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Thread: Cyber-Cop (Corporation)

  1. #16
    Master of Shinobi PHANTOM2040's Avatar
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  2. #17
    Hedgehog-in-Training Hedgehog-in-TrainingWildside Expert Aleste's Avatar
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    Quote Originally Posted by A.B. Lazer View Post
    BTW, level layouts on Genesis differ from layouts on Amiga and PC.
    I see the original 1990 Amiga release got a data disk expansion the following year, bringing the stages to a total of 16? In 1991 the game was also release on DOS in what seems an improved version.

    Are the Genesis levels based (at least partially) on the Mission Disk or are they completely new?

    This game gets a lot of comparison with Zero Tolerance around these parts, but actually if you read contemporary reviews on Amiga magazines, the most frequent comparison was with Dungeon Master, or Captive. The computer versions don't seem to rely on auto-targeting at all, which makes the final impression more similar to an RPG since you had to move with keyboard, manually aim at each target with the mouse etc. Sure, they had implemented real-time polygonal environments (with shading), but that was basically a prettied up way to show the by-then famous formula of first person action dungeon crawler.

    Sure, the framing of this and ZT seem so close down to setting, aesthetics, and even six soldiers to choose from right at the beginning. Between this 1990 title and the '94 ZT though the world had been completely changed (turned upside down) by Wolfenstein 3D and Doom. That's why the latter works so great as a no-frills shooter, while this precursor tries things that would open paths for System Shock and beyond.

    Longplay of Genesis version:

    https://youtu.be/IOlQ_v08EFA

    Longplay of Amiga version:

    https://youtu.be/jflI-riB4To

    Gameplay sample of DOS version:

    https://youtu.be/T8FrCnpXPq8

    Overview of the three games (according to this piece, PSI powers aren't to be found in the Sega version):

    http://superadventuresingaming.blogs...drive.html?m=1
    Last edited by Aleste; 10-14-2020 at 08:57 PM.

  3. #18
    Pirate King Phantar's Avatar
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    Yeah, people are quick to compare this game to other FPS's that actually came later because the player is equipped with a gun, but Corporation/Cyber-Cop is really more an RPG in the Dungeon Master mold with a sci-fi coatingrather than a shooter like Zero Tolerance or Wolfenstein. Although it's not really an RPG either; you have character stats at the beginning and inventory puzzles, true, but you lack any form of character development throughout the game. And the Genesis port is different to the Amiga- or Atari versions, but poorer for it, as it lacks the precision in controls and the impressive visuals of the computer games.

    Like I said in my review, this game was in many ways ahead of its times, but the hardware was too limited to really support the scoe this game was aiming for.
    The funny thing about an oxymoron is, even if you remove the ox, there'll always be a moron. The Question Remains: Y?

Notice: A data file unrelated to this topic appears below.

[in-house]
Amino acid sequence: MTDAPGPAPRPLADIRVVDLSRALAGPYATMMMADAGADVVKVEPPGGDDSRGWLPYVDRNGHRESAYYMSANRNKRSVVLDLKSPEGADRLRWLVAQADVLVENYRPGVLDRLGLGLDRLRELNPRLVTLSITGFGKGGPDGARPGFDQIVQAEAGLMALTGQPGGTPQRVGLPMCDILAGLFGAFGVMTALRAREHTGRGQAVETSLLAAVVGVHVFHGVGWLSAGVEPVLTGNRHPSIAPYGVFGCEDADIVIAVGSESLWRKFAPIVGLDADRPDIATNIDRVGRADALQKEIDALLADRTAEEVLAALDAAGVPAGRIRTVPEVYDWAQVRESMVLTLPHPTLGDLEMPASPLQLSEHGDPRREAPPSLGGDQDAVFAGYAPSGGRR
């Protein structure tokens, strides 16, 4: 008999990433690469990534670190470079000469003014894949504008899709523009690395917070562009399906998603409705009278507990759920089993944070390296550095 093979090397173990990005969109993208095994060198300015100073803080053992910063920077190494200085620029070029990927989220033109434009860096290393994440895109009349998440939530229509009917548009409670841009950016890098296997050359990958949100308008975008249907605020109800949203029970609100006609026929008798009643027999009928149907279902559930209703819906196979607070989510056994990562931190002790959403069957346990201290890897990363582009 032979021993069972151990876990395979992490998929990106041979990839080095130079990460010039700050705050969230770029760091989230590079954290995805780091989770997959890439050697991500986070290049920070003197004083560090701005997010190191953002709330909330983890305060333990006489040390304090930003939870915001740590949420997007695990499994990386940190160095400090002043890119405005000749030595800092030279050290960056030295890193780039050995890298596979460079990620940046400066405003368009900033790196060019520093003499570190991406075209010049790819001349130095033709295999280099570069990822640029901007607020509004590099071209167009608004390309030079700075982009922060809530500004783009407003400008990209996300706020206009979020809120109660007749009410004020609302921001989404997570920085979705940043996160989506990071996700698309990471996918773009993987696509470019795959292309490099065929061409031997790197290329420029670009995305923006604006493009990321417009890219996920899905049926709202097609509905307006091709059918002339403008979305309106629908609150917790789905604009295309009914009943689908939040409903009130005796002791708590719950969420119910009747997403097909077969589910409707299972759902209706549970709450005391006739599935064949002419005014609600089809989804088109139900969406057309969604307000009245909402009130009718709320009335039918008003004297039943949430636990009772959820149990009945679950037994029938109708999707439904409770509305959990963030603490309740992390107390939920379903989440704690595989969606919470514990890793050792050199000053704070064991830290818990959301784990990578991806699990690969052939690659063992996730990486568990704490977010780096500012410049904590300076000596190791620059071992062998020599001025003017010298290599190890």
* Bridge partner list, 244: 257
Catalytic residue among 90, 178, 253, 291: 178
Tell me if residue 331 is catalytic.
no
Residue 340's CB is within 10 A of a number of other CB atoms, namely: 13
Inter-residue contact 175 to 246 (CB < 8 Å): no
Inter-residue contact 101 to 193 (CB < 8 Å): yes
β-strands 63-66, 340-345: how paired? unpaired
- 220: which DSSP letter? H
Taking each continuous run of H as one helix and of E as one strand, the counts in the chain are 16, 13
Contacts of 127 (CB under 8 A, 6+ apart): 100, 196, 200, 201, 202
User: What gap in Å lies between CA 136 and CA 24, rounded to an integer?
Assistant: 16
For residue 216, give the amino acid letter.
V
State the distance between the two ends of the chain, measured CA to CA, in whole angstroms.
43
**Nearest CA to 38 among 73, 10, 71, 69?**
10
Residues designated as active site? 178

4. #19
    Hedgehog-in-Training Hedgehog-in-TrainingWildside Expert Aleste's Avatar
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    I support the general view in your review, to the extent that the game became very old very quickly. It basically wanted to improve a formula, that of Dungeon Master, which aside for a couple of Westwood efforts never really took off of not much later.

    I disagree however on the hardware limitations angle. I think the hardware pretty much supported the general idea: First Person maze with a real time shooting action. This stands certainly true for the computer versions, and to a degree also for the Genesis. What really alters the outcome is a poor translation of keyboard+mouse interface. Unlike the really well done in Faery Tale Adventure, for example.

    Case in point is the silhouette on the right of the screen: in the original, you actually interact via mouse with all those pockets, so you have a clear immediate idea of your belongings. On the Megadrive, the only way to see equipment and interact with it Is the botton right window, which makes the silhouette pretty much pointless.

    It's also alarming how poor the icon system is conceived, with a series of desparate actions all symbolized by very generic arrows and hands.

    In this general failure of design, I actually think that the auto aiming is an improvement over the original. That seemed to work well for me in the three maps I ventured on; since most of the interaction required effectively to shoot at everything, enemy or scenery regardless.


    One this Is sure, they really nailed at least one aspect with this game:

    Attachment 15642

  5. #20
    Master of Shinobi Thenewguy's Avatar
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    Me and my brother owned this game back in the day, I can remember nothing about it bar the fact that it was our least favourite game and we almost never put it on. The main upside to this game was that it was bought second hand, whereas our second worst game, Shadow of the Beast cost my brother like 50 so that was more notorious in our household

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